Church Isn’t Holding Breath on Libel Award
The Anaheim-based Local Church has been awarded $11.9 million in a libel ruling against the authors and publisher of a book deemed defamatory toward the church, but a church leader said he expects to collect no more than $35,000 from the defendants.
Leon Seyranian, an Alameda County Superior Court judge, last Thursday found the book, “The God-Men,” to be “in all major respects false, defamatory and unprivileged and therefore libelous.”
The Local Church has about 9,000 members in 95 loosely affiliated churches around the country, said spokesman Dan Towles. Members believe each community should have only one Christian Church, so each church is named after the community it represents.
Deceptive Recruiting Charged
The plaintiffs in the libel suit were The Church in Anaheim and Witness Lee, 80, the leader and prophet of the Local Church.
“The God-Men” charged the Local Church and Lee with having deceptive recruiting practices and exercising rigid control over their members’ lives.
The book was written by Neil Duddy and the Spiritual Counterfeits Project, a Berkeley-based evangelical organization. It was published in Europe by Schwengeler-Verlag of Switzerland. All three were defendants in the lawsuit filed in December, 1980.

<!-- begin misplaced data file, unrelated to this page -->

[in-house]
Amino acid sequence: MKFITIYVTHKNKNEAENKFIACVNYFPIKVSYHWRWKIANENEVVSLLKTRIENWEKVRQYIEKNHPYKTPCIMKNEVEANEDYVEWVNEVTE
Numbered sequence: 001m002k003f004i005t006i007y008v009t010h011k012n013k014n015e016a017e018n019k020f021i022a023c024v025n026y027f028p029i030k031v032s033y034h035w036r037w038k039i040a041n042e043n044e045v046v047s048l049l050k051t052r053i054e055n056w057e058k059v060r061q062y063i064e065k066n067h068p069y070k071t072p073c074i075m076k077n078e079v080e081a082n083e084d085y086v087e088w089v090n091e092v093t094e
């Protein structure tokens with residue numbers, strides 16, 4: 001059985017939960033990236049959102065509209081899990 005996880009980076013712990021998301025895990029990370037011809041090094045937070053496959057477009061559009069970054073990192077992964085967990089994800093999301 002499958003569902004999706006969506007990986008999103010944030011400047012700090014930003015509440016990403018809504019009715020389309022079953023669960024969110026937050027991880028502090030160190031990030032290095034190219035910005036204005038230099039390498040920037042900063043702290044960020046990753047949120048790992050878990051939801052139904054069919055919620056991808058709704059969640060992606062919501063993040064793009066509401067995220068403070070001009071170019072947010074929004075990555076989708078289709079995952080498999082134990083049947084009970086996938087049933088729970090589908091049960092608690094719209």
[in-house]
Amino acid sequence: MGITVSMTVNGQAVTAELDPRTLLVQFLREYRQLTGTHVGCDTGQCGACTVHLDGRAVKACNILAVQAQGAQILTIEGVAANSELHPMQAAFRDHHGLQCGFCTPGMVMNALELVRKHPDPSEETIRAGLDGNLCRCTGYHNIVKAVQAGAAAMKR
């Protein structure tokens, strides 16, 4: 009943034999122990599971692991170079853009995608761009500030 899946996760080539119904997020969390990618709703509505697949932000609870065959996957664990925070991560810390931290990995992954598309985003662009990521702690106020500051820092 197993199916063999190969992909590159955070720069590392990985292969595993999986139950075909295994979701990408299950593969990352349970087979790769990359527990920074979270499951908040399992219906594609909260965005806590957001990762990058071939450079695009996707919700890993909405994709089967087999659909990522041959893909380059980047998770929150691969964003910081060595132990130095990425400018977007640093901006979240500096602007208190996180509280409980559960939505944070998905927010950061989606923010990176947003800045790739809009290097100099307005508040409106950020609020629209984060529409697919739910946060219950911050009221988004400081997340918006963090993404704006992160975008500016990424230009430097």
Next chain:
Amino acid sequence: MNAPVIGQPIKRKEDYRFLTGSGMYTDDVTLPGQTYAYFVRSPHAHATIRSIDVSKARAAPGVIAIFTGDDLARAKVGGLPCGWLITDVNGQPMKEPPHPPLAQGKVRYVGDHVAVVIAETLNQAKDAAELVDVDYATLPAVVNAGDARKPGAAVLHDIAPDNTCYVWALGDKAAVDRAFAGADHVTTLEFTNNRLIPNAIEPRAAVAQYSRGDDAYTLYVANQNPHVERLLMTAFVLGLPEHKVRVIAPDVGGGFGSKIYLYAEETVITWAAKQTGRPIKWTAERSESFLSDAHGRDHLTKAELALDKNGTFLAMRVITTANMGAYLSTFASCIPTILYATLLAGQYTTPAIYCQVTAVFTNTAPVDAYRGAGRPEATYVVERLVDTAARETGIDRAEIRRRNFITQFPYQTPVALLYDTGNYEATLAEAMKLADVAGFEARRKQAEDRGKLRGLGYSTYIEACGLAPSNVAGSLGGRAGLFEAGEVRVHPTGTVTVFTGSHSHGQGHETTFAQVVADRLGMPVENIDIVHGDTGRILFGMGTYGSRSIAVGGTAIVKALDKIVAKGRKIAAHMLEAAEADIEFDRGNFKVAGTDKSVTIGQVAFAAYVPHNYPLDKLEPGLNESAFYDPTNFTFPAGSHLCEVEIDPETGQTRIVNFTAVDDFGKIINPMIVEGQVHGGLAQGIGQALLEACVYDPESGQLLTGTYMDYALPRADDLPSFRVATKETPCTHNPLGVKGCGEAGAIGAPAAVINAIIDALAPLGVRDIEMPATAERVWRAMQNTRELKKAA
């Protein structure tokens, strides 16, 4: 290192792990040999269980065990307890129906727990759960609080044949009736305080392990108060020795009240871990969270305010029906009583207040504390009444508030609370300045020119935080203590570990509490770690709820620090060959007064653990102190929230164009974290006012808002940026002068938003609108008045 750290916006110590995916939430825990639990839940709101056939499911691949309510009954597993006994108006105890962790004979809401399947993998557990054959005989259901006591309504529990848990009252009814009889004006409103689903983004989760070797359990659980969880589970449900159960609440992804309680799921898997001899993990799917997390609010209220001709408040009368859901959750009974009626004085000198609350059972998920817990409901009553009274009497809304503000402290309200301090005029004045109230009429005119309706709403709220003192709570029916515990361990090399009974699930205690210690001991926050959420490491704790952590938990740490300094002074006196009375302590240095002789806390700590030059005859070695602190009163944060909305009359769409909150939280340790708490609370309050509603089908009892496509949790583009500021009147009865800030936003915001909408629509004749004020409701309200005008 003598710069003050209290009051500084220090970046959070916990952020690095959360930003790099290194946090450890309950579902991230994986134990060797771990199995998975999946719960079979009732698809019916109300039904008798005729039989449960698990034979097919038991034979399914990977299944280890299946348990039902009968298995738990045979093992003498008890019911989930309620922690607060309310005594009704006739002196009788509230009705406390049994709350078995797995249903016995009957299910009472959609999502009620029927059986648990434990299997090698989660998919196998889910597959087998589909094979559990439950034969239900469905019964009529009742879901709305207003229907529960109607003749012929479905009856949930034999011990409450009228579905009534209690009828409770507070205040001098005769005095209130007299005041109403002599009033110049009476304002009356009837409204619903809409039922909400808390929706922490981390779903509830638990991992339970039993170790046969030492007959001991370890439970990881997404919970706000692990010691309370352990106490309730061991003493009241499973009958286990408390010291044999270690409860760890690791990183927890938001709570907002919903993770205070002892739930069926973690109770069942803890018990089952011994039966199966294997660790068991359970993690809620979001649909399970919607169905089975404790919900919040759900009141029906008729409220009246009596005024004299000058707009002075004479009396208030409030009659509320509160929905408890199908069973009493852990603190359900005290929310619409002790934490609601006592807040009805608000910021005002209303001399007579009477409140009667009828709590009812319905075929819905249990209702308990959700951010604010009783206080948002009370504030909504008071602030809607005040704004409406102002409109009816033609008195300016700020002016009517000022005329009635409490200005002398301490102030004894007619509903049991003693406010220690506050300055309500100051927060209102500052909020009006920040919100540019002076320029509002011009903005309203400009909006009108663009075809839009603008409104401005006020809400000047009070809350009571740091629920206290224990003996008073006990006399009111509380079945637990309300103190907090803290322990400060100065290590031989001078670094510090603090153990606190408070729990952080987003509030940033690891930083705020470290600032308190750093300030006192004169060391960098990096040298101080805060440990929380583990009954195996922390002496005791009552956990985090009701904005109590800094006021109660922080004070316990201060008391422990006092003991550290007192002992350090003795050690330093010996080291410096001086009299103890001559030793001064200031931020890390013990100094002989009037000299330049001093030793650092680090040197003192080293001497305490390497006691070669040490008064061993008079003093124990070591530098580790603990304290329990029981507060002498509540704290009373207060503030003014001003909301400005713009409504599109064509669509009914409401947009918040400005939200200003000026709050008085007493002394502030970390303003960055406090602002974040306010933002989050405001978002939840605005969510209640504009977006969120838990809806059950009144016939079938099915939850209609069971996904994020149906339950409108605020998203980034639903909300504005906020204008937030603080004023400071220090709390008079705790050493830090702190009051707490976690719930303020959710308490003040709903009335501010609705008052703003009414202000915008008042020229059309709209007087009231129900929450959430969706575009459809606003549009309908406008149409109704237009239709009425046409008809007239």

None of the defendants made a court appearance during the five-day trial. Seyranian made his ruling based on witnesses called by the plaintiffs and depositions filed by the defendants.
Duddy left his position with the Berkeley group and now lives in Denmark; Schwengeler-Verlag did not answer the charges made and Spiritual Counterfeits Project filed for a Chapter 11 reorganization in March.
Little Financial Gain Seen
Charles O. Morgan, the San Francisco-based attorney who represented The Church in Anaheim, said it would be almost impossible to force either Schwengeler-Verlag or Duddy to pay without beginning litigation in Switzerland and Denmark. He added that Spiritual Counterfeits Project’s Chapter 11 proceeding has not yet been decided.
If accepted, the Berkeley evangelical group would wind up paying a percentage of the value of its remaining assets, an amount estimated to be between $25,000 and $35,000, according to Local Church spokesman Towles.